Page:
e.g.: data1 xor data1C = 0xFF

Sync1 + Sync1C = 0x55, or 0xAA, or something other than 0xFF.

That could be implemented with simple TTL, but heck, a microprocessor is sexier....

Harvey

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Packet format that works everytime:

Byte 1: Length, or START marker if fixed packet length.
Byte 2 to Byte (Length+1): Data
Byte (Length+2): Checksum

Sender sends packet, receiver acks it with a recalculated checksum after checking if the checksum was good on the packet. If the checksum was not good, the receiver discards it and waits for a resend. The sender knows the packet was not received successfully from the ACKed checksum, and resends.

My favorite checksum is a simple LRC (longitudinal redundancy check), where you just xor all the bytes in the message together.

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We seem to be summarizing examples of simple protocols. This stuff was sort of worked out a while ago by the radio and telemetry phds. I wonder if we can gather a few rules of thumb that we agree on.... How about thruput as a function of error rate.... the higher the error rate (lower the signal to noise ratio) the lower the probability of a packet of length n getting thru. Shorter packets, higher probability. Sending the same char multiple times is the same as sending the same packet multiple times. Adding a check sum or cyclical redundancy check tells you the packet was corrupted during transmission, but doesnt help you get it back. You need some feedback from the receiver if you want him to be able to tell you 'yes I got it' or 'no I didnt'. Wireless isnt always full duplex, so some form of Forward Error Checking could be used to not only detect errors, but also correct some of them. Similar to Error Checking and Correcting ram memory that adds a parity bit for each byte in the word, plus 3 more parity bits for the parity bits. Hamming Code I think its called. Usually speed and efficiency are considerations, so the old brute force technique of 'send the message three times and if two of them get there the same, use one of those' works but is not optimally efficient. The modem protocols kick the packet size down as the retransmit count goes up to try and push the message through despite the noise.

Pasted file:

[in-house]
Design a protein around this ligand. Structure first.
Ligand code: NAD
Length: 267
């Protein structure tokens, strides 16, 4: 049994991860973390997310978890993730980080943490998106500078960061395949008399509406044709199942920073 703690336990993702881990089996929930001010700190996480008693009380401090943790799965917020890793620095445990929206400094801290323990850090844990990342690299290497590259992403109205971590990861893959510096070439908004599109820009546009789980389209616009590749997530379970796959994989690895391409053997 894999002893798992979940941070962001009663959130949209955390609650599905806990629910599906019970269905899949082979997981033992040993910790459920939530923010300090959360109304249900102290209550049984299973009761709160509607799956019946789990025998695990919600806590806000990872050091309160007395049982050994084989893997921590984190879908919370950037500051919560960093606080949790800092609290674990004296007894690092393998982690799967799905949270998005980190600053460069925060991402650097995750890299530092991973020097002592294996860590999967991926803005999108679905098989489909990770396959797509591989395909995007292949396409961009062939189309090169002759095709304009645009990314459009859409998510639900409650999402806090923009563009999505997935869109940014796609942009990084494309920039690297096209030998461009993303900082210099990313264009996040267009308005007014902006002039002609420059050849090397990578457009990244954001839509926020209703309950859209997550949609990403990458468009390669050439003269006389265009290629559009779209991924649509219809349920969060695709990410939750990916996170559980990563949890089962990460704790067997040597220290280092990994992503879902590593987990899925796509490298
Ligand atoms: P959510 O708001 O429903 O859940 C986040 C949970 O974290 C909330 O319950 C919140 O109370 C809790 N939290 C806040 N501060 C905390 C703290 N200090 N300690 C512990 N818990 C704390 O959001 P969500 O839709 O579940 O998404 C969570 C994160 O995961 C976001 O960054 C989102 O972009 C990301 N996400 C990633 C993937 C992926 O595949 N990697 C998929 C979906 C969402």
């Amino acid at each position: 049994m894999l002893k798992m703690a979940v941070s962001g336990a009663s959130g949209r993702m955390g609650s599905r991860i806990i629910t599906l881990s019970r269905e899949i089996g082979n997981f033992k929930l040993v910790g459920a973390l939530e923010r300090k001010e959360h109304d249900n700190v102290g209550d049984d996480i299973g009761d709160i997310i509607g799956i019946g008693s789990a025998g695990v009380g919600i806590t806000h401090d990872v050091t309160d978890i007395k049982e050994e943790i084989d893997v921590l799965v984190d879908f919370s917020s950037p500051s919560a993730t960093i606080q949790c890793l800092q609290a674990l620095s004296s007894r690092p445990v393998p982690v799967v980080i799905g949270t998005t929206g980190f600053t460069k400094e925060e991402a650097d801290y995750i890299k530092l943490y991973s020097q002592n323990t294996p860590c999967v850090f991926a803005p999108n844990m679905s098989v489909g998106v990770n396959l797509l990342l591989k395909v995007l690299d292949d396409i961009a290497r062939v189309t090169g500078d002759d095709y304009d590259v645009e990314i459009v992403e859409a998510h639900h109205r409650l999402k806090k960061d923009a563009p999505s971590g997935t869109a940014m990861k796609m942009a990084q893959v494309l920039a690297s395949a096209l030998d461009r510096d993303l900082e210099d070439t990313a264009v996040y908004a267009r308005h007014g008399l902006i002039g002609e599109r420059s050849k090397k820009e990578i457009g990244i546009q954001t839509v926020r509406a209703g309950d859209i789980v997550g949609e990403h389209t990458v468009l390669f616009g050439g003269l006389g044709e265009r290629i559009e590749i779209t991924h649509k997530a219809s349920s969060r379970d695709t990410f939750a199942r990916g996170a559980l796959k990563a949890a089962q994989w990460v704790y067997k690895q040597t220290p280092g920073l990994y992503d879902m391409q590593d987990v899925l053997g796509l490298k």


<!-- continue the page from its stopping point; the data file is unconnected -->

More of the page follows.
Imagecraft compiler user

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I appreciate all the helpful comments.

I had another issue where I wanted to be able to communicate with uC #2 on another serial line which would complicate things as uC #2 would require 2 serial connections.

What I decided to do was scrap uC#1 and replace it with four octal buffers. They all share the same 8-wire bus with an enable pin for each buffer. Total wire count was 8+4+2(power) = 14 which isn't a big deal. I can use a ribbon cable.

Still learned a ton from this thread. Thanks all for your input.

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fizgig wrote:

I had another issue where I wanted to be able to communicate with uC #2 on another serial line which would complicate things as uC #2 would require 2 serial connections.

I'm still quite a n00b at avr's, but today I was feeling interested in inter-chip communications.
Anyhow, what about using a byte in the packet just for ID, so you know with whom you're communicating with (uC 1 or the other thing). Or you could look into i2c which allows communication of 128 devices over 2 wires.

edit: Even if the ID thing would work, collisions could happen. Adding a packet reply if a packet was received would help in that situation.

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Fizig - beware of crosstalk on the flat cable! I'd suggest you have a ground wire between each signal.

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You can do I2C that way, but you are limited in cable length due to cable capacitance on the branch. Even buffers do not completely solve the problem. For long length transmissions, you need to go to differential 4 wire rather than two. There's chips for that.

My I2C protocol is roughly
address (acked or nacked)
byte count (integer)
block count (integer)
command (byte)
with nack on last byte
data may follow command as needed.

Response is address (from master),
count (integer)
block count (integer)
status (integer)
app data (2 bytes)
more data may follow

Hamming code extends the idea of parity by doing parity over a combination of bits.

4 bits of data requires 3 bits of hamming code correction, and will detect and automatically fix any one bit error (parity will detect an odd number of bit errors, but will not fix any, does not detect an even number of bit errors). 4/3 hamming code (above) will detect 2 bit errors, but not fix them.

IIRC 8 bits needs 4 hamming code bits, but don't quote me on that one. 4/3 hamming code is done with each hamming code bit based on 3 bits of the 4 bit word.

The basic idea of data security in transmission just works out to redundancy, however you decide to do it.

Harvey